The island housed the world’s largest anthrax stockpile at the time. Its exact origins are unclear, but it may have been produced at a facility near present-day Yekaterinburg, Russia. The Soviet program cultivated anthrax and other pathogens on an enormous scale through multiple production plants across the nation, employing over 50,000 people.

The full scope of testing on Vozrozhdeniya remains obscured due to its hidden designation. However, its geographical remoteness and the surrounding Aral Sea undoubtedly contributed to its selection as a site for classified biological weapons experimentation during the Soviet era.

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A Few Years After the Bio-Weapon Testing, Vozrozhdeniya Became the Epicenter for the Spread of Lethal Diseases

Deserted boats now sit on sandy plains where the world's fourth-largest lake once thrived
Deserted boats now sit on sandy plains where the world’s fourth-largest lake once thrived. Image Credit: Ninurta/Youtube.com

Several unusual health incidents have been connected to Vozrozhdeniya Island. In 1971, a scientist fell ill after her research vessel encountered an unidentified brown haze. She was later diagnosed with smallpox despite previous vaccination. Sadly, despite her recovery, the virus infected nine more people in her hometown, including her younger brother.

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The following year, in 1972, two missing fishermen were discovered deceased in their boat, suspected to have succumbed to the plague. Local fish populations also mysteriously started dying in large numbers.

On 2nd April 1979, an invisible powder began spreading in the air from the tall chimney of the military compound over a mile outside the city limits of Sverdlovsk. Over the next few weeks, approximately 80 people of Sverdlovsk (now named Yekaterinburg) fell ill. Their symptoms seemed to be the flu at first, but they quickly worsened. People started to have organ failure and severe internal bleeding. Tragically, at least 68 people lost their lives because of this incident.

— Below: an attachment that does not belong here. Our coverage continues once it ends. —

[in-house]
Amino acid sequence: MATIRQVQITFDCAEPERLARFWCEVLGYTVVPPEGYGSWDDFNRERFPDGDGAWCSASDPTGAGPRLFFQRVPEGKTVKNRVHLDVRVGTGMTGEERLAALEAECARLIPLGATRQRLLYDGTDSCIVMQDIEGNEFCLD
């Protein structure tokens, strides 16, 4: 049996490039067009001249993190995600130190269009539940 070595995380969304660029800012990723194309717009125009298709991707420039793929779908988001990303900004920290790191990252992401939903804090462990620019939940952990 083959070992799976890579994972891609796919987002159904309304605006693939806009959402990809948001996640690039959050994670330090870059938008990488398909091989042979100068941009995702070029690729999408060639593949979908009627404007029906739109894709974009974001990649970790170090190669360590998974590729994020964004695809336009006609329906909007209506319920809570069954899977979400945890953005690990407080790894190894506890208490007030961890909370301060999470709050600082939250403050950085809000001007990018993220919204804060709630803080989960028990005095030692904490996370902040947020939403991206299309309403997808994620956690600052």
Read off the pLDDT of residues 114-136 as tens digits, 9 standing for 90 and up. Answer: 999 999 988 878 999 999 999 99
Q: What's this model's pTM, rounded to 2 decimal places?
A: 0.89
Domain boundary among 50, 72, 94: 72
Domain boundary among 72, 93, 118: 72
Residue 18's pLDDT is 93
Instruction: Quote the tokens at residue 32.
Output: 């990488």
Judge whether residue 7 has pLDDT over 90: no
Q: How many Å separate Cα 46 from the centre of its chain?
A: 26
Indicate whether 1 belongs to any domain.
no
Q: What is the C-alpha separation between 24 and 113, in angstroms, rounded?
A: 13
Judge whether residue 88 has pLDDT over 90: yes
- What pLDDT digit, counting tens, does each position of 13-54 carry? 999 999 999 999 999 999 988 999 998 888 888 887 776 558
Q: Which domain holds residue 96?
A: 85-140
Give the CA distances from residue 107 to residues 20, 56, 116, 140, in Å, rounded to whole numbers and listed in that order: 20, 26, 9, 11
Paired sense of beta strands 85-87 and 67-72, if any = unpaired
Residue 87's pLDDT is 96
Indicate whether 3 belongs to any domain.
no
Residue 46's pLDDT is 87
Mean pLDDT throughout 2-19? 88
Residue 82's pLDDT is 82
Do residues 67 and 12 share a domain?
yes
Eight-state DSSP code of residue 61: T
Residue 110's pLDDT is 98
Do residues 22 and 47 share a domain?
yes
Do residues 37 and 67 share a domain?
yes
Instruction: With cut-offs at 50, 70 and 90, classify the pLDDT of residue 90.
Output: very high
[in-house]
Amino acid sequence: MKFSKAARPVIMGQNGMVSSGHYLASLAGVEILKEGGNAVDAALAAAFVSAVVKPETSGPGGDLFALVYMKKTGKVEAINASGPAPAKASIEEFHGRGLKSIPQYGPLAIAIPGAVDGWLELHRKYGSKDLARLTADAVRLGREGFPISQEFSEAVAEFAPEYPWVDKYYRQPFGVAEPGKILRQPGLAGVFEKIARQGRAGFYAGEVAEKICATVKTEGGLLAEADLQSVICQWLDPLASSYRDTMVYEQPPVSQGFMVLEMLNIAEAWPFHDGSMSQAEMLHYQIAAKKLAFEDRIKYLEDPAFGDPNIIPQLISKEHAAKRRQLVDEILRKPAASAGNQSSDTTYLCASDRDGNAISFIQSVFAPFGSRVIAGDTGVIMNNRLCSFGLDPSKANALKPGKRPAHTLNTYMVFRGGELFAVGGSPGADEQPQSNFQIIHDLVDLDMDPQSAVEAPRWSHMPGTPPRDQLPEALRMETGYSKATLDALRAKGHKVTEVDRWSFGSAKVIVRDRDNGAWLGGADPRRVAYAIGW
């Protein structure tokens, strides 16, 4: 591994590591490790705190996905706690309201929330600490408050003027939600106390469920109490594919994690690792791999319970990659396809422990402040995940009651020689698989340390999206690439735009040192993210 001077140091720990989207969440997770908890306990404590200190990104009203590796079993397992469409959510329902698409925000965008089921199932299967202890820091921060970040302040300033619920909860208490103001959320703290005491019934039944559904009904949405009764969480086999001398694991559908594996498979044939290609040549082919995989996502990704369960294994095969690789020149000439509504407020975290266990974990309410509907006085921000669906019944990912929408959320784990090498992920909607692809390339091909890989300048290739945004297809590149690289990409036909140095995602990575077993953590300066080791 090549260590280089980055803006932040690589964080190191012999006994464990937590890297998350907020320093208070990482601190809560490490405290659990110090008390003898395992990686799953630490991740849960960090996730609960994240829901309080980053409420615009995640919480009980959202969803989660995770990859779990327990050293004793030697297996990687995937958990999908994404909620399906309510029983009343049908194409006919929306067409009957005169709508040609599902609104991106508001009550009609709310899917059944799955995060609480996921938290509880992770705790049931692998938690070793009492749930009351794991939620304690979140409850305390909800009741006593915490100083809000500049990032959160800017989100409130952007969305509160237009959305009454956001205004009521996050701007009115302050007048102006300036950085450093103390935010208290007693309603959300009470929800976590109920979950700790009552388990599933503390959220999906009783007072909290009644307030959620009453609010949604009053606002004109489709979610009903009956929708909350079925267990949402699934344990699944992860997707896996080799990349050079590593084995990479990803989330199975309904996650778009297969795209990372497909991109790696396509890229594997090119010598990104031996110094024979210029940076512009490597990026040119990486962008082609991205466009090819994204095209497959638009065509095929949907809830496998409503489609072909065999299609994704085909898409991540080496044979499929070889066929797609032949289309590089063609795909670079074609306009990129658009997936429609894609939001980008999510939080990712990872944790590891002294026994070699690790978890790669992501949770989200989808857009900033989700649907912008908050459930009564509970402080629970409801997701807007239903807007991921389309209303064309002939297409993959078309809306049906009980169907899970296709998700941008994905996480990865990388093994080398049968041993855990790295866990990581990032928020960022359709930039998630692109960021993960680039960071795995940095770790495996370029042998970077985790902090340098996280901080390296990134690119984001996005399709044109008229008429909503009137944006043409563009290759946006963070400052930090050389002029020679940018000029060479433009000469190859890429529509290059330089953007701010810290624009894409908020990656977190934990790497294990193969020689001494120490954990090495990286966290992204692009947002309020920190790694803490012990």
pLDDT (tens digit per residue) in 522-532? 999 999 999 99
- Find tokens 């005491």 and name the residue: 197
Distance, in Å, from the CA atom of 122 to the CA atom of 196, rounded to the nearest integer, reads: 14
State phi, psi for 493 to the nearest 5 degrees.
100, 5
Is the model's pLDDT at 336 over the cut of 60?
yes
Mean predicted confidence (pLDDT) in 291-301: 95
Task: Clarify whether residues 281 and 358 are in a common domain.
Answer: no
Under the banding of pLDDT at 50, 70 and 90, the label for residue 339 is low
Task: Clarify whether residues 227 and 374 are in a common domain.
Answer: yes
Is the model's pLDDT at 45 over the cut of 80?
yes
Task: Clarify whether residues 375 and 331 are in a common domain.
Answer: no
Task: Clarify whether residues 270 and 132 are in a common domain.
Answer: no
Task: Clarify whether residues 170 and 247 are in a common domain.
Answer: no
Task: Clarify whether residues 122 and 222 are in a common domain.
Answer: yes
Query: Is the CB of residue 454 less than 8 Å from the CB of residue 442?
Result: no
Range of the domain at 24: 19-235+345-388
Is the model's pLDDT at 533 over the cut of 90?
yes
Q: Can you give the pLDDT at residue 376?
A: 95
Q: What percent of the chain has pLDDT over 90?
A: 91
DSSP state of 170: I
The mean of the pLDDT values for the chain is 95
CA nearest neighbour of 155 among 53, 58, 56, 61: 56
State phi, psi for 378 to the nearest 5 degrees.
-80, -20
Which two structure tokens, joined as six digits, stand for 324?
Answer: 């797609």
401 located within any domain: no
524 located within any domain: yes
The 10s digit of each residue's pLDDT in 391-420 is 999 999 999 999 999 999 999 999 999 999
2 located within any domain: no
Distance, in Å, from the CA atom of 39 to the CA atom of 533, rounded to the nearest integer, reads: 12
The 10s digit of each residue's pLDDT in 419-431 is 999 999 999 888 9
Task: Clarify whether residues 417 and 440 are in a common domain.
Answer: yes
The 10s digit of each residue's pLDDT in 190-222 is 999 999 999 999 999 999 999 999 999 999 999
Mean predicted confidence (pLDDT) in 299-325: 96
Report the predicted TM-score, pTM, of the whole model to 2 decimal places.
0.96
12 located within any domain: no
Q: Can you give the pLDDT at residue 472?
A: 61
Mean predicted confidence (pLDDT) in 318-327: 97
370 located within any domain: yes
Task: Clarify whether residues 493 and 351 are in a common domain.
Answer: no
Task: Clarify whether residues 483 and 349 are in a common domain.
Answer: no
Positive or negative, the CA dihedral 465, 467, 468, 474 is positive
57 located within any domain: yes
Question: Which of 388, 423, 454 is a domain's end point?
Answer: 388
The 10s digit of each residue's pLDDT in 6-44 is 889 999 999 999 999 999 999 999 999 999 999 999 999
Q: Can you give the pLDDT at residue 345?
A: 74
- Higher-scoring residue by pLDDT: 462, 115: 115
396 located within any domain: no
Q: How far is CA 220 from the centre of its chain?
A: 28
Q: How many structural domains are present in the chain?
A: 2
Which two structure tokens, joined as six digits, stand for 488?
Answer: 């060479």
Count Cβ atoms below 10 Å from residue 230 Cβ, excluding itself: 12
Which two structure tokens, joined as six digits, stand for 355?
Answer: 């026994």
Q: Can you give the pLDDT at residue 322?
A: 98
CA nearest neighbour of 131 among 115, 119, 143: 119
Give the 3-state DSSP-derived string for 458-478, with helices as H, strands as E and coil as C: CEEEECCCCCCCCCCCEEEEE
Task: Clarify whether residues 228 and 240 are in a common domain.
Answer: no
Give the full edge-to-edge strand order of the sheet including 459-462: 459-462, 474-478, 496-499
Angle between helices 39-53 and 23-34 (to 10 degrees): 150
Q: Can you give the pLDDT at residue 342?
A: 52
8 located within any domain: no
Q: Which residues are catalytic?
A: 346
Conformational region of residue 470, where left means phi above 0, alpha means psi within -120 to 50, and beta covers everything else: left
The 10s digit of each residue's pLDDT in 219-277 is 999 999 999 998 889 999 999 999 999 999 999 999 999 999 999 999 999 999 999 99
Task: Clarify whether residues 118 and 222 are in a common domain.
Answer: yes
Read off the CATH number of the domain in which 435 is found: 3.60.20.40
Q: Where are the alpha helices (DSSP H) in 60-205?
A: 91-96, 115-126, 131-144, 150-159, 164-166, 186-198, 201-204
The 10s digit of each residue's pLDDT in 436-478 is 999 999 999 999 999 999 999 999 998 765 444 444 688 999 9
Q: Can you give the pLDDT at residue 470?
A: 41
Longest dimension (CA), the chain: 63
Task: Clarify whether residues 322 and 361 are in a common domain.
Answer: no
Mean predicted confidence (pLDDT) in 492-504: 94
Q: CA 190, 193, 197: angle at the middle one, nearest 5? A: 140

Soviet officials finally act to decommission their biological weapons stash in 1988
Nine years after the alleged anthrax leak, Soviet officials finally act to decommission their biological weapons stash in 1988. Image Credit: Ninurta/Youtube.com

It was soon evident that this was no regular illness. Rumors were going about that a biological agent had been accidentally released into the neighborhood by the military base. Though the Soviets denied it, people believed it was anthrax, one of the most lethal bacteria known to mankind.

It was only in 1988, nine years after the alleged anthrax leak, that Soviet officials decided to decommission their biological agents stash. Mass quantities of anthrax spores, mixed with disinfectants, were transported by barge to the island. Around 100 to 200 tons of anthrax were hastily disposed of by dumping in shallow pits, then abandoned with no ongoing monitoring or precautions.